search for


Comparison of Muscle Atrophy Induced by Cast Fixation, Denervation and Suspension of Rat Hindlimb
J Kor Soc Phys Ther 2001;13(3):665-675
Published online June 25, 2001
© 2001 The Korean Society of Physical Therapy.

Yoon, Bum-Chul, Ph.D., P.T., O.T.; Lee, Myoung-Hwa, M.S., P.T.; Kim, Nan-Soo, M.S., P.T.; Hong, Hye-Jung, M.D.; Yu, Byong-Kyu, Ph.D., P.T.

Dept. of Physical Therapy, College of Health Science, Korea University; Dept. of Physical Therapy, Shin-gu College
The aim of this study was to compare features of muscle atrophy induced by cast fixation. denervation and suspension of rat hindimb. Muscle mass and glycogen of the soleus and plantaris muscles were studied after 3, 7, or 14 days of cast fixation, denervation and suspension. The results as follows: 1. Body weight of rats decreased significantly after 3 days and showed gradually increase after 7 and 14 days of hindlimb cast fixation, denervation and suspension. Particularly hindlimb suspended rats showed a rapid decrease after 3 days in body weight. 2. Relative weight of soleus and plantaris musclcs decreased significantly by hindlimb cast fixation, denervation and suspension, particularly after 7 days. The decrease rate was the lowest in suspended rats. 3. Glycogen content of soleus muscle decreased significantly after 14 days of hindlimb cast fixation, denervation and suspension. Also glycogen content of plantaris muscle decreased significantly after 14 days of hindlimb cast fixation and denervation, but not significantly after hindlimb suspension. These results indicate that suspension of hindlimb muscles causes less atropy than cast fixation or denervation, likely due to maintainment a few activities during hindlimb suspension. We concluded that the decrease in mechanical strains imposed on the muscle during inactivity was the main factor for the development of atrophy. These basic data suggest that some experimental conditions such as electrostimulation or stretching, participate in countermeasure programmes.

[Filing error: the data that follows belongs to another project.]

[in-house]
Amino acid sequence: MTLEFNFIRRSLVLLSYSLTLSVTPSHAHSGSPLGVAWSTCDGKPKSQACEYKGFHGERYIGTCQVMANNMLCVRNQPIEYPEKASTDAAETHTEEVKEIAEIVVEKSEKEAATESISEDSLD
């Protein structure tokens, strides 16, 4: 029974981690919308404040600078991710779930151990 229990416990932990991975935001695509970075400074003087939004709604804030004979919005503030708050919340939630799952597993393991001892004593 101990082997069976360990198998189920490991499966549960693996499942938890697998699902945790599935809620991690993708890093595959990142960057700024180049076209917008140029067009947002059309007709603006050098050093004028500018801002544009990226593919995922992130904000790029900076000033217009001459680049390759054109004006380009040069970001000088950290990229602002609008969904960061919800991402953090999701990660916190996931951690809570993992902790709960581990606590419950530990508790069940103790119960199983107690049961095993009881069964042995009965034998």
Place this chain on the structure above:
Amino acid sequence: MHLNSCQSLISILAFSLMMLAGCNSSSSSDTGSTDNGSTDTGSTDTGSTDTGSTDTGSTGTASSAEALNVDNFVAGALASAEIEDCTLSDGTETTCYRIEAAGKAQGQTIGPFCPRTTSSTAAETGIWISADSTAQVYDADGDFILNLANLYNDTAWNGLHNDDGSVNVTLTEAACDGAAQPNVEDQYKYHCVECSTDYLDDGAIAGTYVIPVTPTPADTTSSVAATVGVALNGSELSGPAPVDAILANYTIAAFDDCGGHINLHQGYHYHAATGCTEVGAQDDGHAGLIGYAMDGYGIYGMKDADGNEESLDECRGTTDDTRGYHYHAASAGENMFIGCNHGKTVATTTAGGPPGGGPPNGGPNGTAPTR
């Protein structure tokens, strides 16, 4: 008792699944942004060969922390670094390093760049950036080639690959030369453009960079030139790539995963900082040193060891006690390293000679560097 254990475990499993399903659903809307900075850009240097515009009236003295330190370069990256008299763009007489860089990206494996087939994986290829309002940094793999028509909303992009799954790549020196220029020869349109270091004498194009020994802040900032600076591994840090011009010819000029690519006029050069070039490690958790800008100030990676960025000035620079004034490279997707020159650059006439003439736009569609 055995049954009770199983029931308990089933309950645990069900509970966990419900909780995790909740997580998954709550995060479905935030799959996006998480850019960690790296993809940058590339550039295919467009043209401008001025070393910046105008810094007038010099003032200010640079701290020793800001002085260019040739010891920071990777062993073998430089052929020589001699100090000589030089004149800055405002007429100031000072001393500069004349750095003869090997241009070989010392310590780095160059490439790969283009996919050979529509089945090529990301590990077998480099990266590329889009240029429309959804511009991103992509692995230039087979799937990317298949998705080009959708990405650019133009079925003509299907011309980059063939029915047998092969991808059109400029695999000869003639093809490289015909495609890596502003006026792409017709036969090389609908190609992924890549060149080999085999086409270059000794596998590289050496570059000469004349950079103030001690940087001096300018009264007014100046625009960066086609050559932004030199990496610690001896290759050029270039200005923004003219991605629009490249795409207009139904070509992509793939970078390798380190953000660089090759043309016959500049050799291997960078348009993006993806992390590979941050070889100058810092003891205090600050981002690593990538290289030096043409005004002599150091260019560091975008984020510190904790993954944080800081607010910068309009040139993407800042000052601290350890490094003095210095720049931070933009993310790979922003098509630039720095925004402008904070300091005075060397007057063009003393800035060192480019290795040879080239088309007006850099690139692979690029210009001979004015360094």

April 2022, 34 (2)
Full Text(PDF) Free

Social Network Service

Cited By Articles
  • CrossRef (0)